While anatomically distinct nuclear groups are well formed within the thalamus early in development (Jones, 2007 ), it is unknown whether thalamo-cortical fcMRI is the same in children and adults. Because the thalamic maps generated by fcMRI are based on functional relationships, we hypothesized they should not mimic organization found in adulthood, but should track the dynamic thalamocortical changes that are believed to occur throughout maturation (e.g., the pruning of temporal-thalamic contacts, and increased frontal-subcortical coherence over age) (Giedd et al., 1999 ; Jones, 2007 ; Galinanes et al., 2009 ). This developmental characterization between thalamus and cortex has the potential to lay the groundwork for a better understanding of how cortical–subcortical interactions contribute to the shift from reflexive, stimulus-bound behavior in childhood, to the goal-directed and more flexible functioning found in adulthood. It will also provide the neural context necessary to examine how cortical-thalamic interactions relate to prominent models of several developmental neuropsychiatric disorders. Hence, we employed a strategy previously detailed by Zhang et al. to study correlated spontaneous brain activity between the cortex and the thalamus in healthy children, adolescents, and adults.
Materials and Methods
Participants were recruited through a combination of public advertisements, county mailings, and via the Oregon Health & Sciences University local outreach systems. Participants were screened with a series of interviews and questionnaires for inclusion. Informed consent was obtained from all subjects in accordance with the guidelines and approval of the Oregon Health & Science University Human Investigation Review Board. A total of 52 subjects (17 aged 7–9; 21 aged 11–16; 14 aged 19–32) were included in the study (see Table 1 ; Table S1 in Supplementary Material). All participants were free of major sensory, medical, neurological, or psychiatric (including substance abuse) illness and had normal-range intelligence.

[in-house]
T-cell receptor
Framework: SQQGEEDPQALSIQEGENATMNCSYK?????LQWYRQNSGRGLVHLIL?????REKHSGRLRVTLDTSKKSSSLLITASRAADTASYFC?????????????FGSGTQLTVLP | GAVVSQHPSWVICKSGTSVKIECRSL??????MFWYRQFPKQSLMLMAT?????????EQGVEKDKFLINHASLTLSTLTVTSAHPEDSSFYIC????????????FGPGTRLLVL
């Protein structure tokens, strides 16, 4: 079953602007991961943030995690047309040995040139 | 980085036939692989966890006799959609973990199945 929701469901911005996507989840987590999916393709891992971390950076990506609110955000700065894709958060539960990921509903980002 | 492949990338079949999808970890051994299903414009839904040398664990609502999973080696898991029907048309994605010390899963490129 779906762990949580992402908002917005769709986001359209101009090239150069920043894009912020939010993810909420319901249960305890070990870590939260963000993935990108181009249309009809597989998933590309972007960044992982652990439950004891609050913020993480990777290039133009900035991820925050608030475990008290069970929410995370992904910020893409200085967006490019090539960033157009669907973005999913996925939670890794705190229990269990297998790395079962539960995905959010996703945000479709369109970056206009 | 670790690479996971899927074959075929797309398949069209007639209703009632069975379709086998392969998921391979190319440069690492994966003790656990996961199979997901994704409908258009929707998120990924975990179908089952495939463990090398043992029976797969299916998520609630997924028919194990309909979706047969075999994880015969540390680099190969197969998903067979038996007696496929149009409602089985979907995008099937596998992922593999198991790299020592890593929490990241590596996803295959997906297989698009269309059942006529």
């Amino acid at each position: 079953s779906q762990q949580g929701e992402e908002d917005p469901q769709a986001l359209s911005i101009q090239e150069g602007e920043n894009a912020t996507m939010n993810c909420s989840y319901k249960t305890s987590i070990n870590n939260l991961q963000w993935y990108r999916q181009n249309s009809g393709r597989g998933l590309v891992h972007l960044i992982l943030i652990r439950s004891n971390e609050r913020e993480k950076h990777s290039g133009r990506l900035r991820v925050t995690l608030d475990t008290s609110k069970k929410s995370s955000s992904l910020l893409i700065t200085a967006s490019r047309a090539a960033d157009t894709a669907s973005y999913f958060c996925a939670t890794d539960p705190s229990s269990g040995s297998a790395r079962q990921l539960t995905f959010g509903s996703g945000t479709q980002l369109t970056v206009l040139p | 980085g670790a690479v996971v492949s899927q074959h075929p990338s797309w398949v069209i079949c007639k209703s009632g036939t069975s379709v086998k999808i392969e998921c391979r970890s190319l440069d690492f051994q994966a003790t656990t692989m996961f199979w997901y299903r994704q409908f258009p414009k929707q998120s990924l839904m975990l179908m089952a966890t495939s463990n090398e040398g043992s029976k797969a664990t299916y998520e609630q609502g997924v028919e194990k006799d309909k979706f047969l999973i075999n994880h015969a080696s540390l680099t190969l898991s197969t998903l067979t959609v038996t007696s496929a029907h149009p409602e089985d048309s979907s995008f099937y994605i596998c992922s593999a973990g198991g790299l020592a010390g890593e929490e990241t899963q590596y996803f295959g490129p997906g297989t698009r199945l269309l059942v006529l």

Data Acquisition and Processing
Participants were scanned using a 3.0 Tesla Siemens Magnetom Tim Trio scanner with a twelve-channel head-coil at the OHSU Advanced Imaging Research Center (AIRC). One high resolution T1-weighted MPRAGE sequence (orientation = sagittal, TE = 3.58 ms, TR = 2300 ms, 256 × 256 matrix, resolution = (1 mm)3, 1 average, total scan time = 9 min 14 s) was collected. Blood-oxygen level dependent (BOLD)-weighted functional imaging was collected in an oblique plane (parallel to the ACPC line) using T2*-weighted echo-planar imaging. Resting data from adult participants were originally collected as part of a separate study. As such, acquisition parameters were slightly different for adults and children/adolescents (adults: TR = 2000 ms, TE = 30 ms, flip angle = 90°, FOV = 240 mm, 36 slices, slice thickness = 3.5 mm in-plane resolution = 3.75 mm2; children: TR = 2000 ms, TE = 30 ms, flip angle = 90°, FOV = 240 mm, 36 slices covering the whole brain, slice thickness = 3.8 mm, in-plane resolution = 3.8 mm2). Steady state magnetization was assumed after five frames (∼10 s). The parameters for this acquisition have been optimized (e.g., oblique acquisition) to reduce susceptibility artifact, which causes signal drop out in orbitofrontal cortex. Three rest runs of 3.5-min duration obtained for all children. Two rest runs of 5-min duration were obtained for all adolescents and adults. During rest periods, subjects were verbally instructed to continue to stay still, view a cross in the middle of the screen, and be sure to stay awake. The stimulus display consisted of the standard fixation-cross in the center of the stimulus field.
Functional images were processed to reduce artifacts (Miezin et al., 2000 ). These steps included: (i) removal of a central spike caused by MR signal offset, (ii) correction of odd vs. even slice intensity differences attributable to interleaved acquisition without gaps, (iii) correction for head movement within and across runs, and (iv) within run intensity normalization to a whole brain mode value of 1000. Atlas transformation of the functional data was computed for each individual via the MP-RAGE scan. The fMRI data then were resampled (3 mm cubic voxels) in Talairach atlas space (Talairach and Tournoux, 1988 ) as defined by the spatial normalization procedure (Lancaster et al., 1995 ). This resampling combined movement correction and atlas transformation in one interpolation. All subsequent operations were performed on the atlas-transformed volumetric time series. For presentation purposes, voxel boundaries were interpolated to 1 mm3 voxels and displayed using CARET software (Van Essen et al., 2001 ).